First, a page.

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Can Dogs Eat Chocolate? An Anti-Poisoning Guide

By Aviram K.
Published in Food & Nutrition
Updated at January 15, 2021
3 min read
Can Dogs Eat Chocolate? An Anti-Poisoning Guide
🏥 The information in this article is not a substitute for professional help.

❌ No.

Chocolate is highly toxic to dogs. Although some kinds of chocolate like white chocolate are safer than others, they are still bad for dogs.

Your dog should avoid consuming any product made from the cocoa plant. This includes milk chocolate, dark chocolate, white chocolate, and most other chocolate types.

Why Is Chocolate Bad for Dogs?

Chocolate and other cocoa products contain chemical compounds called theobromine and caffeine. These chemicals can be beneficial to us humans, but dogs’ digestive systems cannot process them effectively. If a dog ingests them, it can cause a build-up of toxins that can lead to severe side effects even in small doses. 

What Happens if a Dog Eats Chocolate

Chocolate poisoning symptoms can vary mostly due to a dog’s weight and overall health condition. Older dogs or dogs suffering from an existing health condition may be at greater risk. They can often develop worse symptoms or complications than perfectly healthy dogs.

Symptoms may take approximately 6 - 12 hours to develop and can last for a couple of days.

Potential Symptoms Of Chocolate Poisoning In Dogs

Dogs will start experiencing worse and worse symptoms. The severity of those symptoms depends on the amount of theobromine they consume per pound of their body weight:  

  • Less than ~3 mg/lbs (~6 mg/kg): No Toxicity
    • No symptoms are likely to develop.
  • At ~3 - 7 mg/lbs (~6-15 mg/kg): Mild Toxicity
    • Diarrhea
    • Shaking
    • Vomiting
    • Hyperactivity
  • At ~7 - 15 mg/lbs (~15-33 mg/kg): Mild-Moderate Toxicity
    • Tremors
    • Elevated heart rates
    • Heart arrhythmias
  • At ~15 - 23 mg/lbs (~33-50 mg/kg): Moderate-Severe Toxicity
    • Hyperthermia
  • At ~23 mg/lbs (~50 mg/kg) and Higher: Severe Toxicity
    • Seizures
    • Collapse
    • Death

We derived the data above from PetMD’s calculator.

Theobromine In Different Types Of Chocolate

Every chocolate type has a different amount of theobromine. The values below are only approximations and can change due to cocoa’s sources, variety, and growing conditions (PetMD):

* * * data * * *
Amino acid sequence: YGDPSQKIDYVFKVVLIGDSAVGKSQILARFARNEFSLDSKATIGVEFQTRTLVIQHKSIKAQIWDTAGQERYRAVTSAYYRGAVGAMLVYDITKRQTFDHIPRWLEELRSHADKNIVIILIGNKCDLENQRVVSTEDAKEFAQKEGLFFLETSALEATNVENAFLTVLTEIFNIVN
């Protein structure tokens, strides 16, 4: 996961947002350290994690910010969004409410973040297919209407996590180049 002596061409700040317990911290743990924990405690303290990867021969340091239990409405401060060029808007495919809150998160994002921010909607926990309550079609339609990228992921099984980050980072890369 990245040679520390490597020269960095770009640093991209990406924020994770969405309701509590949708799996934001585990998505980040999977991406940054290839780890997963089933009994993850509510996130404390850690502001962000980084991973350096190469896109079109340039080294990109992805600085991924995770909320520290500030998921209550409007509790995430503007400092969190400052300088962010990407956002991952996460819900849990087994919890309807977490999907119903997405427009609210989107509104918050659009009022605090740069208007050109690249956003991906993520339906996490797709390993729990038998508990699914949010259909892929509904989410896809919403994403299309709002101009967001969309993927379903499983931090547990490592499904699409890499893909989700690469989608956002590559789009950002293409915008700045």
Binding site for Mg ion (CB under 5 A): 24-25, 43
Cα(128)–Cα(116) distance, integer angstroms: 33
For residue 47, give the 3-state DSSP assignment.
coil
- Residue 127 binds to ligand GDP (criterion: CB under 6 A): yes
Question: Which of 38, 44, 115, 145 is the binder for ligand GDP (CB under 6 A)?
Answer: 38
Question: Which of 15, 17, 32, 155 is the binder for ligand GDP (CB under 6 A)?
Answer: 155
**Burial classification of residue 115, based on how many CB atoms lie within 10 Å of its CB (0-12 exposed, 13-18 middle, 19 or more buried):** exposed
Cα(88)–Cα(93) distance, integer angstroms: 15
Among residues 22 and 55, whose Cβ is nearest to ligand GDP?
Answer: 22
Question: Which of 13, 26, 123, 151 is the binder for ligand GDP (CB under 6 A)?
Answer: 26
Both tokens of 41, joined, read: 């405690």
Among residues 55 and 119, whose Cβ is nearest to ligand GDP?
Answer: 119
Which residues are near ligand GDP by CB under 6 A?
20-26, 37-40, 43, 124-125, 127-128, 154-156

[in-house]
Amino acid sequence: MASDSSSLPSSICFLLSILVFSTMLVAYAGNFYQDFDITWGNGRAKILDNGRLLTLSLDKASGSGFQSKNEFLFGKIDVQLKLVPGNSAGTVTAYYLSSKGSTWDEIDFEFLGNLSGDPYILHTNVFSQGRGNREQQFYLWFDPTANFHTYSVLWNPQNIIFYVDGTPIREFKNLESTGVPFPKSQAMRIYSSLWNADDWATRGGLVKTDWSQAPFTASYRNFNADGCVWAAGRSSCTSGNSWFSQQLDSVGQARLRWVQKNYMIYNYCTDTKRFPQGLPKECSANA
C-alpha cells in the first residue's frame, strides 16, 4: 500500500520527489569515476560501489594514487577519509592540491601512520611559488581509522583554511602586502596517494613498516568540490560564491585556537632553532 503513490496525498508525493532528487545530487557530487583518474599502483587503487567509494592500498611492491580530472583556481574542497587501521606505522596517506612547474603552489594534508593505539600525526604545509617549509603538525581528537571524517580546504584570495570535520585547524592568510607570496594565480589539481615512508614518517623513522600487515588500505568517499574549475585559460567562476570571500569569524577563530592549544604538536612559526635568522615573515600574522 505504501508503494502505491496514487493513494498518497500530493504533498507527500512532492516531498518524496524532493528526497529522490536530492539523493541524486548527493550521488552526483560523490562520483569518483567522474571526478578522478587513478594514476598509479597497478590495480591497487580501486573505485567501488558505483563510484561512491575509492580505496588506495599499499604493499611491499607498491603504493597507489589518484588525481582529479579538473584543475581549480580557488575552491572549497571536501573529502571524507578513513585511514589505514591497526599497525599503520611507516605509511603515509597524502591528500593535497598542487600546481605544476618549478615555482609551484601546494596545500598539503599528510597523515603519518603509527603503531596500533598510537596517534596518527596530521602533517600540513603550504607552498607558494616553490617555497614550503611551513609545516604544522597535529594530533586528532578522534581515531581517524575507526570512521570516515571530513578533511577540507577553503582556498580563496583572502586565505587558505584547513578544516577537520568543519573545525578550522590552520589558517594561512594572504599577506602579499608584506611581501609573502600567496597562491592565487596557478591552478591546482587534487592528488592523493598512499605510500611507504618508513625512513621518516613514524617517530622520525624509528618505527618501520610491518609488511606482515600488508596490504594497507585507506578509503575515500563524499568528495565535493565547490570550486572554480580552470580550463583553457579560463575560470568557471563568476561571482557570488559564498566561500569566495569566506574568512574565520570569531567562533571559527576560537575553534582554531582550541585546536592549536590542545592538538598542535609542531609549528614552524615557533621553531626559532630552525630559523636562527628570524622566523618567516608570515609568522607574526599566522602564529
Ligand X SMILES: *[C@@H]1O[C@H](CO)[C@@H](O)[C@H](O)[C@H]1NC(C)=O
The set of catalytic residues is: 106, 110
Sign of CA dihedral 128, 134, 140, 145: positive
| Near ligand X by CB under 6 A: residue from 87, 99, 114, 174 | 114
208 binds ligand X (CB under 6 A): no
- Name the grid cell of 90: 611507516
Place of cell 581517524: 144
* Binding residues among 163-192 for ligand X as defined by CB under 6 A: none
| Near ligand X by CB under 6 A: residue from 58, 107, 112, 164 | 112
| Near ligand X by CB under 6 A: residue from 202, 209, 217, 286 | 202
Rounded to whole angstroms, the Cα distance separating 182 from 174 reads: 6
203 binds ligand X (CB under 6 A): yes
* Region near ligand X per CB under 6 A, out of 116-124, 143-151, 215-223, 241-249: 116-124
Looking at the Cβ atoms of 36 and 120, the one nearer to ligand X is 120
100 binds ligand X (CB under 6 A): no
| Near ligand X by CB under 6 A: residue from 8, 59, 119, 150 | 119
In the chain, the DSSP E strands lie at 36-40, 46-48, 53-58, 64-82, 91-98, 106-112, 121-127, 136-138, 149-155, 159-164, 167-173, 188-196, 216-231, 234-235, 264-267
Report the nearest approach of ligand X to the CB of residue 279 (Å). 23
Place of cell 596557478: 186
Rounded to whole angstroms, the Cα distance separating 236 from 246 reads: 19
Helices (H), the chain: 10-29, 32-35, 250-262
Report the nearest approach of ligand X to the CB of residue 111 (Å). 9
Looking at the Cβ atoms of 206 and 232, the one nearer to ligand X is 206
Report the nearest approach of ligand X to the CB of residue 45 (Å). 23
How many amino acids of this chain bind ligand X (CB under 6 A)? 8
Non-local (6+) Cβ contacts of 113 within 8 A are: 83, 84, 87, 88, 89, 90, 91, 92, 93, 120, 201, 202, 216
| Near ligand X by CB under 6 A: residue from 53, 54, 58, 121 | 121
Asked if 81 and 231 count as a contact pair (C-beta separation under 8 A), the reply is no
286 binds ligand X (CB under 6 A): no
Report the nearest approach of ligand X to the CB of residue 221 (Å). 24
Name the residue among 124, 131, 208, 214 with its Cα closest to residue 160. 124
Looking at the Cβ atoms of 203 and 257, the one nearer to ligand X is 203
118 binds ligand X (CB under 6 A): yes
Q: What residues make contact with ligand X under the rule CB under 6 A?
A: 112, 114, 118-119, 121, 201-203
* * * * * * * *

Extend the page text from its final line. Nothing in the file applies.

• Baking Chocolate: ~367 mg/oz (~13 mg/g)
  • Dark Chocolate (70-85% Cocoa): ~227 mg/oz (~8 mg/g)
  • Semisweet Chocolate Chips: ~150 mg/oz (~5 mg/g)
  • Cocoa Powder: ~142 mg/oz (~5 mg/g)
  • Milk Chocolate: ~44 mg/oz (~1.5 mg/g)
  • Peanut M&M: ~31 mg/oz (~1 mg/g)
  • Single Peanut M&M: ~2.2mg (weighs ~0.07 oz / ~2g)
  • White Chocolate: ~0.25 mg/oz (~0.01 mg/g)

How Much Chocolate Can a Dog Eat?

sick dog

It would be best if you can avoid feeding any amount of chocolate to your dog. However, you cannot control and supervise your canine 100% of the time.

Up to ~3 mg of theobromine consumed per pound of (your dog’s) weight is considered safe. Your dog will likely start experiencing adverse symptoms and be in potential danger if he ingested any amount higher than that.

Consumption Limits Before Symptoms Show Up

For a quick assessment of safe consumption, we’ll use the number of Peanut M&Ms consumed instead of ounces. A single Peanut M&M contains ~2.2 mg of theobromine, which means that:

  • A small dog that weighs 10 lbs (4.5 kg) could eat up to ~13 single Peanut M&Ms before symptoms show up (~30 mg of theobromine consumed).
  • A medium dog that weighs 35 lbs (15.8 kg) could eat up to ~47 single Peanut M&Ms before symptoms show up (~105 mg of theobromine consumed).
  • A large dog that weighs 80 lbs (36.3 kg) could eat up to ~109 single Peanut M&Ms before symptoms show up (~240 mg of theobromine consumed)
  • A giant dog that weighs 120 lbs (54.4 kg) could eat up to ~163 single Peanut M&Ms before symptoms show up (~360 mg of theobromine consumed)

You can also use this specially made calculator to calculate the toxicity levels for you. 

What To Do If Your Dog Ate Chocolate

Immediately call your veterinarian, out of hours, or Pet Poison Helpline (855-764-7661) for advice.

If your dog consumed more than ~3 mg of theobromine per pound of dog weight, he may be in danger of life-threatening symptoms. If you don’t know the exact amount ingested, it is always good to consult with a professional vet.

The professionals may ask you to induce vomiting or bring your dog to the clinic to monitor and treat him for the poisoning if necessary. In some more severe cases, your dog will need to be monitored overnight at the clinic. 

Treatments the Vet May Use To Treat Your Dog for Chocolate Poisoning

Veterinarians at PetMD say these are the possible treatments for chocolate poisoning:

  • Activated charcoal to reduce and prevent any more absorption of the toxin.
  • Intravenous fluids to hydrate your dog and support the heart.
  • Passage of a stomach tube to clear toxins from the stomach.
  • Other therapies for other symptoms your dog may be experiencing.

Chocolate is only one of the foods dogs can’t eat. See the full list here.


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Food Safety

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Aviram K.

Aviram K.

Dog Behaviorist & Trainer

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